“The courtesans of Braavos were famous around the world… As she pushed her barrow along the canals, Cat would sometimes see one of them floating by, on her way to a tryst with some lover. Every courtesan had her own barge, and servants to pole her to her trysts. The Poetess always had a book to hand, the Moonshadow only wore white and silver, and the Merling Queen was never seen without her Mermaids, four young maidens at the blush of their first flowering who held her train and brushed her hair.
Cat of the Canals, Arya III, AFFC

“‘I sold three cockles to a courtesan,’ Cat told the sailors. ‘She called me as she was stepping off her barge.’...’Which one was this now? The queen of cockles, was it?’ ‘The Black Pearl,’ she told them. Merry claimed the Black Pearl was the most famous courtesan of all. ‘She’s descended from dragons, that one,’ the woman had told Cat. ‘The first Black Pearl was a pirate queen. A Westerosi Prince took her for a lover and got a daughter on her, who grew up to be a courtesan.’”
—Cat of the Canals, Arya III, 

Cat told the kindly man about the Black Pearl too. ‘Her true name is Bellegere Otherys,’ she informed him. It was one of the three things she had learned. ‘It is,’ the priest said softly. ‘Her mother was Bellanora, but the first Black Pearl was a Bellegere as well.’”
—Cat of the Canals & the Kindly Man, Arya III, 

The Merling Queen has chosen a new mermaid to take the place of the one that drowned. She is the daughter of a Prestayn serving maid, thirteen and penniless, but lovely.”
—The Blind Girl, Arya I, 

“The Sealord had never visited the Gate, but Izembaro named a box for him anyway, the largest and most opulent in the house. ‘That must be the Westerosi envoy. Have you ever seen such clothes on an old man? And look, he’s brought the Black Pearl!’...The woman with him could not have been more than a third his age. She was so lovely that the lamps seemed to burn brighter when she passed. She had dressed in a low-cut gown of pale yellow silk, startling against the light brown of her skin. Her black hair was bound up in a net of spun gold, and a jet-and-gold necklace brushed against the top of her full breasts. As they watched, she leaned close to the envoy and whispered something in his ear that made him laugh.”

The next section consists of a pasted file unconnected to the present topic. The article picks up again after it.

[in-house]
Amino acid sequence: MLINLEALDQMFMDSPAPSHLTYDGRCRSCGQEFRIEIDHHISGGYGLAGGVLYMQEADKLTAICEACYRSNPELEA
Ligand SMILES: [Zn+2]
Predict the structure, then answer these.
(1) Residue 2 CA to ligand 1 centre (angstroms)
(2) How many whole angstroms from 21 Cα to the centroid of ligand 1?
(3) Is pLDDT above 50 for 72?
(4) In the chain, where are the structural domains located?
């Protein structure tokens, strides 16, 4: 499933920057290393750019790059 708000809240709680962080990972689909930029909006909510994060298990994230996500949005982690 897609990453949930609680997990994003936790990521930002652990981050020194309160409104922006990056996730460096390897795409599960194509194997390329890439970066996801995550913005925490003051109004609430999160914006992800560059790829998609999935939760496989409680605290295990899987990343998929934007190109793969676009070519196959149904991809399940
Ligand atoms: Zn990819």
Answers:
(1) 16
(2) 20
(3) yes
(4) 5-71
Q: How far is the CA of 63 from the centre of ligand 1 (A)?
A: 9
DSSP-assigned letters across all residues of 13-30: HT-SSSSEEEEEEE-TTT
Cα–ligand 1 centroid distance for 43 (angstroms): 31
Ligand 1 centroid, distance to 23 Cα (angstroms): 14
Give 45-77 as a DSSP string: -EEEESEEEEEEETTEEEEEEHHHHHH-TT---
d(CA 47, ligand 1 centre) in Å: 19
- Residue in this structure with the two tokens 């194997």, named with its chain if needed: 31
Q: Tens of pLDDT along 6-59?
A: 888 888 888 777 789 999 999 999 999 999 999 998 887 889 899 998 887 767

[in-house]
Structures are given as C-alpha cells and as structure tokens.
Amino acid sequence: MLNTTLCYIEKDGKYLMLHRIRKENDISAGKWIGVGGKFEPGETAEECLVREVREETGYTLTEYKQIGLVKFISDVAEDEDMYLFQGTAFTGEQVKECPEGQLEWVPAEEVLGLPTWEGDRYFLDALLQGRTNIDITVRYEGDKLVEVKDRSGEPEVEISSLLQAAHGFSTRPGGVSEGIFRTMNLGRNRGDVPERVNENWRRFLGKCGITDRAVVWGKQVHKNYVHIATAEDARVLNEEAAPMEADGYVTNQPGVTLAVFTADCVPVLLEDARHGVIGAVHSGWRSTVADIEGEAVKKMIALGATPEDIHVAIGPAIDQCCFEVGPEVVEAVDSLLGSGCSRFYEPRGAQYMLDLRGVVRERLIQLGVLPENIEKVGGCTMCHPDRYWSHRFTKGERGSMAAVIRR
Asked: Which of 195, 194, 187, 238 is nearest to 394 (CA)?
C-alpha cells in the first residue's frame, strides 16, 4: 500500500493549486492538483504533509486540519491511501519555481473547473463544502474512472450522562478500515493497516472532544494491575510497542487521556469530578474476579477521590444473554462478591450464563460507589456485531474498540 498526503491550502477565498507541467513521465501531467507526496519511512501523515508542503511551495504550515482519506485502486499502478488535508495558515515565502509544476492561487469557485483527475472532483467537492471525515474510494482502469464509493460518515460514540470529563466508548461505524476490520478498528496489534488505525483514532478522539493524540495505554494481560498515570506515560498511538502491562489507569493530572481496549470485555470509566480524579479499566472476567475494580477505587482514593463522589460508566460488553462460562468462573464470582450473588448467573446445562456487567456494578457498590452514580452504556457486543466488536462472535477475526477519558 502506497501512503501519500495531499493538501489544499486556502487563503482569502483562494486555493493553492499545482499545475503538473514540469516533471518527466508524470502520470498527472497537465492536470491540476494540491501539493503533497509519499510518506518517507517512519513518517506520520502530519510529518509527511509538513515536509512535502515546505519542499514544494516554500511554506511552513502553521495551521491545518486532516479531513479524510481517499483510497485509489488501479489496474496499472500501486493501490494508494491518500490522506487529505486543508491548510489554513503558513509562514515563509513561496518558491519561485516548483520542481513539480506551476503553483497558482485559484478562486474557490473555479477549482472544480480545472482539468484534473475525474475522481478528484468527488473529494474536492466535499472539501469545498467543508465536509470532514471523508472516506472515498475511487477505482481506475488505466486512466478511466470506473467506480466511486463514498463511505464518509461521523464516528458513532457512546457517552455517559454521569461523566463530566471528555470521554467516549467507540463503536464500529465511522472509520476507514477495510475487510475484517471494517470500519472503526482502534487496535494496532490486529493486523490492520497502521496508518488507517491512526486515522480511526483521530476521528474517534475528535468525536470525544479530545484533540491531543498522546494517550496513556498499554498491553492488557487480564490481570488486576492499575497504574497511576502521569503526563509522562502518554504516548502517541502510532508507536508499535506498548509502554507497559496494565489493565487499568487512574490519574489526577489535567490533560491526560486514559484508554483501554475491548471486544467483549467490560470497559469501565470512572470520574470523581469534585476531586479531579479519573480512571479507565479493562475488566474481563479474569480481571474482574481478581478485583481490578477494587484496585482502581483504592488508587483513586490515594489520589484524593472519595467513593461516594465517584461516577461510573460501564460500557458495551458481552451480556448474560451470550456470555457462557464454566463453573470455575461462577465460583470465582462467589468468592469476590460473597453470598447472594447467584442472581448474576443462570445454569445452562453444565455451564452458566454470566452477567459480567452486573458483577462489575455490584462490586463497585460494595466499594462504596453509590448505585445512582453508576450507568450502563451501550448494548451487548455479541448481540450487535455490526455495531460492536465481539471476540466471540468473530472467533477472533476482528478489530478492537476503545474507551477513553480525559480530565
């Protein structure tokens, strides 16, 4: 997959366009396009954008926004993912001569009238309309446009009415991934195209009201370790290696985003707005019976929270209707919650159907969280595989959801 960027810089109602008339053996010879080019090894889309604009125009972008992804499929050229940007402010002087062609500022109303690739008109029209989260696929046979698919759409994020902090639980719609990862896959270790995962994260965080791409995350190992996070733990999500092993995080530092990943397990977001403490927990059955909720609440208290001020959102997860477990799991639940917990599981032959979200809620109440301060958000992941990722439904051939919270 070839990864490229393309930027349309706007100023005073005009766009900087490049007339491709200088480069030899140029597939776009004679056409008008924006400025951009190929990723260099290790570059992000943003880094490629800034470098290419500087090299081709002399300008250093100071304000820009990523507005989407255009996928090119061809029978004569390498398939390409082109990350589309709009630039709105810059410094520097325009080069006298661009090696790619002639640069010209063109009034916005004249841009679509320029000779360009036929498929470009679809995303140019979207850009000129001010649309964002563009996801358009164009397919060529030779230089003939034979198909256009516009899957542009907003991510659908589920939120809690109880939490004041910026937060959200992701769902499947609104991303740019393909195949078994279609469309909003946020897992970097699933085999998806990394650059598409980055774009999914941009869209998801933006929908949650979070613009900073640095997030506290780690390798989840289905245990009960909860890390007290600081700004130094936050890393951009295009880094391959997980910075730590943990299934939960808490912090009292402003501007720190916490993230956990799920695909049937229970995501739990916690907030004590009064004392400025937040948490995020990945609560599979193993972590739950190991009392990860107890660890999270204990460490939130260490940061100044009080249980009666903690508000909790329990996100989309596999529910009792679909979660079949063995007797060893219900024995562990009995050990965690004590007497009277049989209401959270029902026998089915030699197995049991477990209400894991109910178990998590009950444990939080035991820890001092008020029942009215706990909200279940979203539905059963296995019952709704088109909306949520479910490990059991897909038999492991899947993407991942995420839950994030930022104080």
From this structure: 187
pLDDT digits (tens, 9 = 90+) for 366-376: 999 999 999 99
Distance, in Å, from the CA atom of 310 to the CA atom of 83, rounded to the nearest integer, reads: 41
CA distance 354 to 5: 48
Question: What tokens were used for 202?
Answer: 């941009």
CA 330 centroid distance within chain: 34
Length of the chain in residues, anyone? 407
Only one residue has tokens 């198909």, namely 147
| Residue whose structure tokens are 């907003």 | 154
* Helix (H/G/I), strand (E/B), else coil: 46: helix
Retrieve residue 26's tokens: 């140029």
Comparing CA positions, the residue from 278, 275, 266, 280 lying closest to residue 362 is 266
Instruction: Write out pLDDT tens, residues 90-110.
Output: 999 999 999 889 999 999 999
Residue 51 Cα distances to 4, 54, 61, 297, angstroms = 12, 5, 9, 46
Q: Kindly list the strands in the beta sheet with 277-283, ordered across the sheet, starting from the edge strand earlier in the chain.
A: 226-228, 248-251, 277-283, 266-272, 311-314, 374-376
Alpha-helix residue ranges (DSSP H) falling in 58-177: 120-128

So like it or not, there are a lot of suggestions that the House of Black and White is closely connected to the courtesans of Braavos, and even more foreshadowing that Arya is going to be placed either as one of the Merling Queen’s 13-year-old mermaids or else as an assistant to the Black Pearl, who has appeared more than any other person in Arya’s chapters not to have had more than minor interactions with her.

We should expect that Arya will be placed, to listen and learn, as a mermaid assistant to the Merling Queen. After serving as a mermaid for the Merling Queen, Arya’s voice will be taken—just as her sight was taken before (to increase her powers of nonverbal communication and flirting)—and she will be moved to be the single assistant to the Black Pearl.

Ser Justin Massey’s Rendezvous with his Destiny

Arya’s placement as a mute virgin beauty with the Black Pearl will happen just in time for Ser Justin Massey to arrive in Braavos as Stannis Baratheon’s representative and agent empowered by Stannis and the Iron Bank of Braavos to hire mercenary companies to fight for Stannis in Westeros. Ser Justin Massey was a squire to Robert Barratheon and reportedly acquired his fondness for girls (read prostitutes) from Robert. When Jon believed that Arya was the girl (Alys Karstark) fleeing north to the wall, he feared that Stannis would force Arya to marry Ser Justin Massey. Then Ser Justin Massey accompanied Stannis most of the way to Winterfell, hitting on Ashara Greyjoy once she was captured and propositioning her to marriage (for her claim to the Lordship of the Iron Isles). Now that Stannis has sent Ser Justin Massey back north with Tycho Nestoris and Jeyne Poole—the Bolton’s fake Arya—to cross the narrow sea as his agent, Ser Justin Massey is finally fated for his long foreshadowed rendezvous with Arya.

Ser Justin Massey will come to the Black Pearl with a small fortune (that is not his) seeking to buy Arya’s virginity, but receive an unexpected response from our heroine. In the original Little Mermaid by Hans Christian Andersen, Ariel has the chance to save herself by stabbing a prince in the heart—similar to how Azor Ahai purportedly stabbed his wife Nissa Nissa in the heart. The Little Mermaid declines to do so, and jumps back into the water where she turns into sea foam. Ser Justin Massey’s fate at the hands of our Little Mermaid Arya will not be so sweet.

Azor Ahai as Aria Rhoza (‘Arya the Rose’)

One final interesting thing regarding names is that the letters of Azor Ahai can be rearranged the into “Aria Rhoza” or “Arya the Red Rose.” This ties back into Hans Christian Anderson’s story of the Little Mermaid Ariel who raises red flowers in her undersea garden. Perhaps the name Azor Ahai is an ancient prophecy, garbled by time, regarding our Arya the Red Rose, counterpart to Jon Snow the Blue Rose.

Edited by Jeff Claburn